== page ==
For many people the words ‘exercise’ or ‘working out’ automatically conjure up images of spending copious amounts of time in a gym feeling uncomfortable or out of place amidst a bunch other people who all seem to know exactly what they are doing as they grunt and sweat their way to a ‘healthier’ self.
But it doesn’t have to be like that.
Walking is one of most underrated form of exercise there is, and it can have tremendously positive impact on a person’s physical and mental wellbeing.
The physical benefits of walking are easy to understand. Joints move, muscles contract, and your heart stays healthier because it has to pump a bit harder from time to time.
But did you realise that walking also stimulates the activation of your brain and nervous system in critically important ways as well?
Your visual systems fires up, your sense of balance and equilibrium is enhanced, and the smoothly co-ordinated patterns of nerve activity that flow around your nervous system as you walk helps to keep your brain young, more capable of dealing with stress, and more creative.
Advances in neuroscience have shown us that the brain is a bit like a muscle:
‘Use’ it, and the brain changes dynamically in response to what you do, but do nothing, and the brain has a greater tendency to atrophy (shrink).
But what has that got to do with managing stress more effectively?
Well, the hippocampal formation – a key part of the brain that is involved with learning and memory – also happens to be involved in processing stress, and it now known with a high degree of confidence that lots of aerobic activity (i.e. getting out and walking lots) materially affects the volume of the hippocampal formation.
In other words, the hippocampal formation gets bigger as a result of exercise, and the functions it supports (including learning, memory and stress management) get better.
What’s more, this capacity for improvement seems to be retained right throughout our lives, so it is never too late to benefit from walking and the reverses in functional ageing of the brain that go can go with it.
All of this new information reinforces the idea that you don’t stop walking because you get old, but rather you get old when you stop walking. Movement is an essential nutrient for your nervous system, and walking is one of the best forms of movement there is.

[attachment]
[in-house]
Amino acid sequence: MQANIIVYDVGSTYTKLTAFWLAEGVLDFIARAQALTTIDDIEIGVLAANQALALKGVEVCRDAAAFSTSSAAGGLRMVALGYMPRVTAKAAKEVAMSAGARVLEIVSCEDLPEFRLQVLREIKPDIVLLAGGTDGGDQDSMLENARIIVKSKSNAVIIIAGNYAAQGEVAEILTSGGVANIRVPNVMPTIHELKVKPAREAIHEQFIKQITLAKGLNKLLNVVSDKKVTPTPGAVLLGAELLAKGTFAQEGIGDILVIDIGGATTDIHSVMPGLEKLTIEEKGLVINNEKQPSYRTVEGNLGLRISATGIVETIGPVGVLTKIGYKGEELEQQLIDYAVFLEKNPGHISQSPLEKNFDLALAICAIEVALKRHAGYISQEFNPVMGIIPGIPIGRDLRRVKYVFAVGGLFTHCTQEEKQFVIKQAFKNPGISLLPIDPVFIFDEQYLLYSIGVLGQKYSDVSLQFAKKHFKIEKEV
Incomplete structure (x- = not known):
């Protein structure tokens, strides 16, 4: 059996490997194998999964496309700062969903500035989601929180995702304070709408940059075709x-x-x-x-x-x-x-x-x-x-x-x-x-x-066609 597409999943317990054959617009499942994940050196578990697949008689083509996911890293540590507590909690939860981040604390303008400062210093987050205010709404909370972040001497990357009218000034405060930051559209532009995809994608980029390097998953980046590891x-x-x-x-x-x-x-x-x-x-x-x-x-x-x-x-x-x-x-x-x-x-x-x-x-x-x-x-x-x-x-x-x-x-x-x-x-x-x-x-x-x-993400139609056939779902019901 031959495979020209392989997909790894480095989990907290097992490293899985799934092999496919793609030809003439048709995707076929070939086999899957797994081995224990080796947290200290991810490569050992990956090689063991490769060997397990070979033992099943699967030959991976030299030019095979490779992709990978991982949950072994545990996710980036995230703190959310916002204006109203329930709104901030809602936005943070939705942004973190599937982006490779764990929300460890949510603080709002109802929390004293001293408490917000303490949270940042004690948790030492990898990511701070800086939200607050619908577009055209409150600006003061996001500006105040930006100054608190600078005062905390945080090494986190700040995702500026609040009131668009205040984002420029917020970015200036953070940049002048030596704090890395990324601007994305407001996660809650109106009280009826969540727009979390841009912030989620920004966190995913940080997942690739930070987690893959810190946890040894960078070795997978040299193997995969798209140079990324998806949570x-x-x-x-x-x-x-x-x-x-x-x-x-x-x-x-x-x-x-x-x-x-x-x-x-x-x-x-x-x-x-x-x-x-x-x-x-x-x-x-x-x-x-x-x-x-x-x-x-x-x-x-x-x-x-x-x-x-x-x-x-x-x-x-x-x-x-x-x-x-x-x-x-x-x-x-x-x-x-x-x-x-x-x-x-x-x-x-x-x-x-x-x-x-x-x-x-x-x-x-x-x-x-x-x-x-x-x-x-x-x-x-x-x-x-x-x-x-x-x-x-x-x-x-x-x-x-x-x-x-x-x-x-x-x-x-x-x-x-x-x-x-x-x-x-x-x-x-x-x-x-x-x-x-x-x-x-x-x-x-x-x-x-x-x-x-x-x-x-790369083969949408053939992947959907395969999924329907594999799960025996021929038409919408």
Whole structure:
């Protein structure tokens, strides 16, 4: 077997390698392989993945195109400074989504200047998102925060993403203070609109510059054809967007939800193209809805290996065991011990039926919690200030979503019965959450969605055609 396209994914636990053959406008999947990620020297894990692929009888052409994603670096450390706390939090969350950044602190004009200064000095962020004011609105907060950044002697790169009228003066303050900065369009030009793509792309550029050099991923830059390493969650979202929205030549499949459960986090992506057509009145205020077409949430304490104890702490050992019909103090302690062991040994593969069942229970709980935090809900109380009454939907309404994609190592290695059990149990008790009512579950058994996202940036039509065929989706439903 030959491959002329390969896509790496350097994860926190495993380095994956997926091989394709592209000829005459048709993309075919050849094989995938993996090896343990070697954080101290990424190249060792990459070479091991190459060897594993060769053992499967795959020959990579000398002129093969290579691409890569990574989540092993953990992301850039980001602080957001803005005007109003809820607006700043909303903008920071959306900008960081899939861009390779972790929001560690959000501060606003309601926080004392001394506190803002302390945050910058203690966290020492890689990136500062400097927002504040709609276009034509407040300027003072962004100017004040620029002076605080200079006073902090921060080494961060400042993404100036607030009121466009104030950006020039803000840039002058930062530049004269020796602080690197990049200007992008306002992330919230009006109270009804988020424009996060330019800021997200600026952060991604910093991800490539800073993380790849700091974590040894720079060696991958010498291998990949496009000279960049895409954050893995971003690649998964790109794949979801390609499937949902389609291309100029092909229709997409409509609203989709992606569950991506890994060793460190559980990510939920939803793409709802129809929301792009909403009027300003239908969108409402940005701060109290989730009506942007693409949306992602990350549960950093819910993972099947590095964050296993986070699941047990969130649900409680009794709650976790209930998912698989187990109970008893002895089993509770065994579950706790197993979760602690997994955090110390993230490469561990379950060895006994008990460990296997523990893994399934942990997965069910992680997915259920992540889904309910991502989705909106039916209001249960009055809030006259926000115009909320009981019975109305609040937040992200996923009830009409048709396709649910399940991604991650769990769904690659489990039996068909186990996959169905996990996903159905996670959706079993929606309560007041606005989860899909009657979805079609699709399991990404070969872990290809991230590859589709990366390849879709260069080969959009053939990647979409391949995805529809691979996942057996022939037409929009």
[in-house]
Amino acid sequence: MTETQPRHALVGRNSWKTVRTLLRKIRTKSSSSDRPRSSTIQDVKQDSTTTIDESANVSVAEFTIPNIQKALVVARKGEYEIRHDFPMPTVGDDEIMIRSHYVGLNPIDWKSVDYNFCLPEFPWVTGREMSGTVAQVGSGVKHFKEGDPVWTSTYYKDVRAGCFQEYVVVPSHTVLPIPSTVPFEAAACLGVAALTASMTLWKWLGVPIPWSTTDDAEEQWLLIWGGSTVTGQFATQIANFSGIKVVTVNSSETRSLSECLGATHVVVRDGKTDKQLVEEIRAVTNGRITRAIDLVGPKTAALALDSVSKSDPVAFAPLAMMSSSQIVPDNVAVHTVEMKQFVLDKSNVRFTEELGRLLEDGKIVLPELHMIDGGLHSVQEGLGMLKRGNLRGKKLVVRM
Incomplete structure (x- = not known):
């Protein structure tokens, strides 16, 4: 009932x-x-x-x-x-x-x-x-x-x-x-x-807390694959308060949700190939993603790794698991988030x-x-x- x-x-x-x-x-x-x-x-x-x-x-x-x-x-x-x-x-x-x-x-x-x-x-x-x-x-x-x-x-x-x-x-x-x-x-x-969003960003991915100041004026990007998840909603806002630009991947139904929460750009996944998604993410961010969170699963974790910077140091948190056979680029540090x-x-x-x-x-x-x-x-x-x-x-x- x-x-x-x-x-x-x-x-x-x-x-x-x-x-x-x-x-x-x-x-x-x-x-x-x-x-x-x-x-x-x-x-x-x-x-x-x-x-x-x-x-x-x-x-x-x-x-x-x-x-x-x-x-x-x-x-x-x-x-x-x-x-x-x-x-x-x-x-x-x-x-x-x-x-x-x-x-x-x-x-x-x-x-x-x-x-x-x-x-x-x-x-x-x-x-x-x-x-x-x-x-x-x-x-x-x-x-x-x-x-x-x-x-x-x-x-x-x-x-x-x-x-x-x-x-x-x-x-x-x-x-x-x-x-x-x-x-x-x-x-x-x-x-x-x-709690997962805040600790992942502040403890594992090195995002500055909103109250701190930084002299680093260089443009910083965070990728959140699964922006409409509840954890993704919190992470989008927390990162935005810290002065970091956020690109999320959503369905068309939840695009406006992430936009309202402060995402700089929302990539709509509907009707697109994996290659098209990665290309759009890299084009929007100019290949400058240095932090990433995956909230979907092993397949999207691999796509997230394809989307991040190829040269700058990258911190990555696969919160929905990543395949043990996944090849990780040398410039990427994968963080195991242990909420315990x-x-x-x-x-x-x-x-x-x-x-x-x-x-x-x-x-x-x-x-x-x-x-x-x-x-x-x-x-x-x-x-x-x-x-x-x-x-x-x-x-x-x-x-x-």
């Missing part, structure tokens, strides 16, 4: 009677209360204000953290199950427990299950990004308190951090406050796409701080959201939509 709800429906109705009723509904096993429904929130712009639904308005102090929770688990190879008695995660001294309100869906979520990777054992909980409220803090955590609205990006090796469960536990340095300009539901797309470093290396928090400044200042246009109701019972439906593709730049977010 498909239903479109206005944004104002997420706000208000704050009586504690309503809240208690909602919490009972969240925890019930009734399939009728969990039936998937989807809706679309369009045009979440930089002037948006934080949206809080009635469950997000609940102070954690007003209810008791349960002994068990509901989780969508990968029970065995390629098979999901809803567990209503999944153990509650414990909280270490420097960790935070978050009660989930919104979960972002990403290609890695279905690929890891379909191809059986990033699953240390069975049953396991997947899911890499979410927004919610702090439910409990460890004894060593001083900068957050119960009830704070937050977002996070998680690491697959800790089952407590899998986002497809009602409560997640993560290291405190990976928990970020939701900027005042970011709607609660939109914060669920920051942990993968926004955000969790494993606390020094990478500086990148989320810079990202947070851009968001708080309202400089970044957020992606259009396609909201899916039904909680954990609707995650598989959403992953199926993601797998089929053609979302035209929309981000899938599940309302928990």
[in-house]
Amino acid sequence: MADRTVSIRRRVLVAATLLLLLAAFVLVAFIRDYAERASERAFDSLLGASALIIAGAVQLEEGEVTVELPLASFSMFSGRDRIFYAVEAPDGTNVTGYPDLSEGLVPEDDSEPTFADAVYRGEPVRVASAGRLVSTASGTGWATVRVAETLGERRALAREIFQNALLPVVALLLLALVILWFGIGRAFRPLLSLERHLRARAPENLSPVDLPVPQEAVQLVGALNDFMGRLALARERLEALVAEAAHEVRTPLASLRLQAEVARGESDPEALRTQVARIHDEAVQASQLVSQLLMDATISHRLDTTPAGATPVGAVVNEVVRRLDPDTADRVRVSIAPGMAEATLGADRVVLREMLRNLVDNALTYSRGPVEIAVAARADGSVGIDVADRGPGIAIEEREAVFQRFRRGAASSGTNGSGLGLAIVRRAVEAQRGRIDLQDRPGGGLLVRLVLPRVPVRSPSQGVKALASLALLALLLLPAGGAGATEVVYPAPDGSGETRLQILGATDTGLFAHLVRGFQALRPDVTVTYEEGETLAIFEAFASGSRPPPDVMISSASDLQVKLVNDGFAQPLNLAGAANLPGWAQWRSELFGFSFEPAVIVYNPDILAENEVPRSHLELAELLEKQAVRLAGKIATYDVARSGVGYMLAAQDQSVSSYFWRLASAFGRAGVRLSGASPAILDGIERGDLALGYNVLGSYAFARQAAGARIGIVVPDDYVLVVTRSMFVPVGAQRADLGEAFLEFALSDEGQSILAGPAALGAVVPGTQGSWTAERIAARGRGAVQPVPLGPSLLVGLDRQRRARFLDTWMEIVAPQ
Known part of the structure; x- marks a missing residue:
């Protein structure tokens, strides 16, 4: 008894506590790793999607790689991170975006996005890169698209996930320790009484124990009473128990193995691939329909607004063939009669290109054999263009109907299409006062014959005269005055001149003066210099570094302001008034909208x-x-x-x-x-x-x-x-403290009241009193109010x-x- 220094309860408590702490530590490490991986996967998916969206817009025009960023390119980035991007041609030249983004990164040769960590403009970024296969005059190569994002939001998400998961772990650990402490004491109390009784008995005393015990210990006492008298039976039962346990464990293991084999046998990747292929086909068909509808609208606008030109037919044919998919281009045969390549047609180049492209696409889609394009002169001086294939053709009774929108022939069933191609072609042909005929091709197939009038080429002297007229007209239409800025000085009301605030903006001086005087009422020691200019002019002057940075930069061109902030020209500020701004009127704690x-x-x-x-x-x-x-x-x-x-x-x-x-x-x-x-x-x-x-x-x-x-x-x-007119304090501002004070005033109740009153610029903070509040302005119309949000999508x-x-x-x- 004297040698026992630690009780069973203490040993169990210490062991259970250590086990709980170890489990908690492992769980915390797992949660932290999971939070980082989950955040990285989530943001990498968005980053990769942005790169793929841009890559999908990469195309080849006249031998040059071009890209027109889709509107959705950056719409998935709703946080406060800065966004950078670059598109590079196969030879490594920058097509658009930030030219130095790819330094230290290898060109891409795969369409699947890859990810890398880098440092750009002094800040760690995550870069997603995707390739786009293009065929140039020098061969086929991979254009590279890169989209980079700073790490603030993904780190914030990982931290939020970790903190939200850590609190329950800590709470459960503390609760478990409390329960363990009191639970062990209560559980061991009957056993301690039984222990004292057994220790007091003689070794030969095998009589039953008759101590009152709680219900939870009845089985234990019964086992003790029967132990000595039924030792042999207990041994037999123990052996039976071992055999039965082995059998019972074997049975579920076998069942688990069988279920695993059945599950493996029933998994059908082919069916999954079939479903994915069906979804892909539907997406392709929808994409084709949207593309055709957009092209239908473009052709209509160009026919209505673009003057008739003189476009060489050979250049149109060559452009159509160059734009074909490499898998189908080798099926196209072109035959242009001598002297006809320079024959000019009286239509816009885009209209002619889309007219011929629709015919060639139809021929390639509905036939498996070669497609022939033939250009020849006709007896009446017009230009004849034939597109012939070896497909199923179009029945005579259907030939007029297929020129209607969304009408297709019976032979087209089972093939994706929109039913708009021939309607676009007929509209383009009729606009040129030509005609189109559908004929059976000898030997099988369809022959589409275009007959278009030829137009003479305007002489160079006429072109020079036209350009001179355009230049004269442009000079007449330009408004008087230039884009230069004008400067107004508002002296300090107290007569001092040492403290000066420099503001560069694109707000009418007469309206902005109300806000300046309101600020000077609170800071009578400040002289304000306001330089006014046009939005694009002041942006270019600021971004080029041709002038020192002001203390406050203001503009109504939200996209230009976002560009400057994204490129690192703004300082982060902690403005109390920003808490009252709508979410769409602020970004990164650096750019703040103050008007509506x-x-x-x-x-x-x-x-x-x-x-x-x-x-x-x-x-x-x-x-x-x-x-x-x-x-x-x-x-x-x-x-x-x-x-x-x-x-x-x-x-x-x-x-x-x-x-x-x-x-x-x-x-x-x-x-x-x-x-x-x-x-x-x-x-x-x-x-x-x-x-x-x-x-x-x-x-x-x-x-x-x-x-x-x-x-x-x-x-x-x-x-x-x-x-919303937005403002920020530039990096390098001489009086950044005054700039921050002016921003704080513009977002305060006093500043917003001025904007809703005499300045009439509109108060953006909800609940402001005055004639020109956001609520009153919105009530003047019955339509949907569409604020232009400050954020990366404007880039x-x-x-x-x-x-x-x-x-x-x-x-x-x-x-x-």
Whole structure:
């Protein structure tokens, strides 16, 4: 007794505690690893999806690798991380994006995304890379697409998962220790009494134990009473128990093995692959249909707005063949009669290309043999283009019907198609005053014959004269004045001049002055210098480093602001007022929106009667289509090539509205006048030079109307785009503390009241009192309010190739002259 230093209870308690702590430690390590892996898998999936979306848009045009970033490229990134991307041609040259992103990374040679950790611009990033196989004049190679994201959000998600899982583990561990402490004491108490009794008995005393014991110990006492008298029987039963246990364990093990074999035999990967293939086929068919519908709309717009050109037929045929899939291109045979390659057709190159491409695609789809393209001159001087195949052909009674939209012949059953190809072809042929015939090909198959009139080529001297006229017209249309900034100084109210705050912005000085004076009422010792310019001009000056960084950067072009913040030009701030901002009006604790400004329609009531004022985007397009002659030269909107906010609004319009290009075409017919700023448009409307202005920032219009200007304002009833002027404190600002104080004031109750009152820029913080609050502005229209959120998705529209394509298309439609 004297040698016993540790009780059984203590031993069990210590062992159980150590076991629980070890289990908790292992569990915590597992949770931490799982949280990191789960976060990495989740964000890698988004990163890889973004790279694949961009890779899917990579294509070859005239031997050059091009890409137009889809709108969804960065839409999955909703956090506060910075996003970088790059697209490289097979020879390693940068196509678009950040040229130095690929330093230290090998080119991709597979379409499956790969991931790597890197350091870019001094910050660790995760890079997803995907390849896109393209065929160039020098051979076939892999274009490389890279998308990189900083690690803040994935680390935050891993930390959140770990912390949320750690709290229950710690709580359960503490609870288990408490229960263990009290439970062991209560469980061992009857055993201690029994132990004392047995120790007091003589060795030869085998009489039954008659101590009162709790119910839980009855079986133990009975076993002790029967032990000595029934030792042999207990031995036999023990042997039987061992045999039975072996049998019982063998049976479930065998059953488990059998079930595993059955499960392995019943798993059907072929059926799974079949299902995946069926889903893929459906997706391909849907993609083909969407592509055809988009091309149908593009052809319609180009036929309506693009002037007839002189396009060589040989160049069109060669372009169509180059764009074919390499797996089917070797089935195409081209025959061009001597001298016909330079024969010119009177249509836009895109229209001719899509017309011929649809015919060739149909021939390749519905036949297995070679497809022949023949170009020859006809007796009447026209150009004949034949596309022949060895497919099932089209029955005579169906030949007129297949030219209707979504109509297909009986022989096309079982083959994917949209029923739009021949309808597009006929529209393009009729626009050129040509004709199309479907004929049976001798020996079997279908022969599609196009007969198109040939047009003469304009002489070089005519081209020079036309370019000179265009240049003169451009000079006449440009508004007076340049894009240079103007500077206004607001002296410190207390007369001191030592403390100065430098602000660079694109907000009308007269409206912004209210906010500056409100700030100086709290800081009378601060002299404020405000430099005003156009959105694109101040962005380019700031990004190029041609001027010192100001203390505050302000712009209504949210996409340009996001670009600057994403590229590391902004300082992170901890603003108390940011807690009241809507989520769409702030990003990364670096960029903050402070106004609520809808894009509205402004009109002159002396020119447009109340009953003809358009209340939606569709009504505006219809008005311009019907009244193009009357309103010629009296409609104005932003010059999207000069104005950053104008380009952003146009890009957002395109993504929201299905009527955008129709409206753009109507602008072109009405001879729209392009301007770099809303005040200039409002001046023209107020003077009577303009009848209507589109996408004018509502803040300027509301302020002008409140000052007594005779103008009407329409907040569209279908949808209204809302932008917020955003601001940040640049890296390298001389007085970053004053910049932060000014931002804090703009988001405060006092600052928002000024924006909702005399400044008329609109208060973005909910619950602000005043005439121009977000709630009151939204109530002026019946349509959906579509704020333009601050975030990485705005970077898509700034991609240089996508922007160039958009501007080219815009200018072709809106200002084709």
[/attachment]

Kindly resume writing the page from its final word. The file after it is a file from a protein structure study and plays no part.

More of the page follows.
Ok, so walking helps keep our brain and nervous system young, but how does that influence our creativity?
Professor Shane O’Mara – a Professor of Experimental Brain Research at Trinity College, Dublin – explains the creative boost our brain can get from walking like this:
When we sit down to focus on any particular task our brain operates in a ‘Task Positive’ mode. This allows us to concentrate on the given task at hand and move it forward with a certain degree of efficiency.
However, creative problem solving happens most effectively when our brain is able to switch back and forth between this focused ‘Task Positive’ mode and a more generalised mode of neurological function known as the ‘Default Mode’.
O’Mara uses the ‘can’t see the wood for the trees’ metaphor to try to explain these differing modes of brain function.
When we are engaged with a particular task we are working in a ‘Task Positive’ mode, which would be a bit like looking at a particular tree in a forest, but when we ‘zoom out’ or step back to look at the bigger picture (i.e. the whole forest) our brain tends to be functioning more in the ‘Default Mode’.
O’Mara explains that creative problem solving happens best when our brain is able to switch back and forth between these two general states of function, and that walking is one of the best ways to aid in this process of changing our neurological state.
As with all things neurological there is much more science to uncover, but if you’re struggling with a task at work, stressed out by your never ending homework, or just generally stuck in a rut with your thinking you could do a lot worse than going outside for a walk to boost your creativity and lower your stress.
It’s a strategy that has worked for countless other people throughout the course of human history, and it may just work for you as well.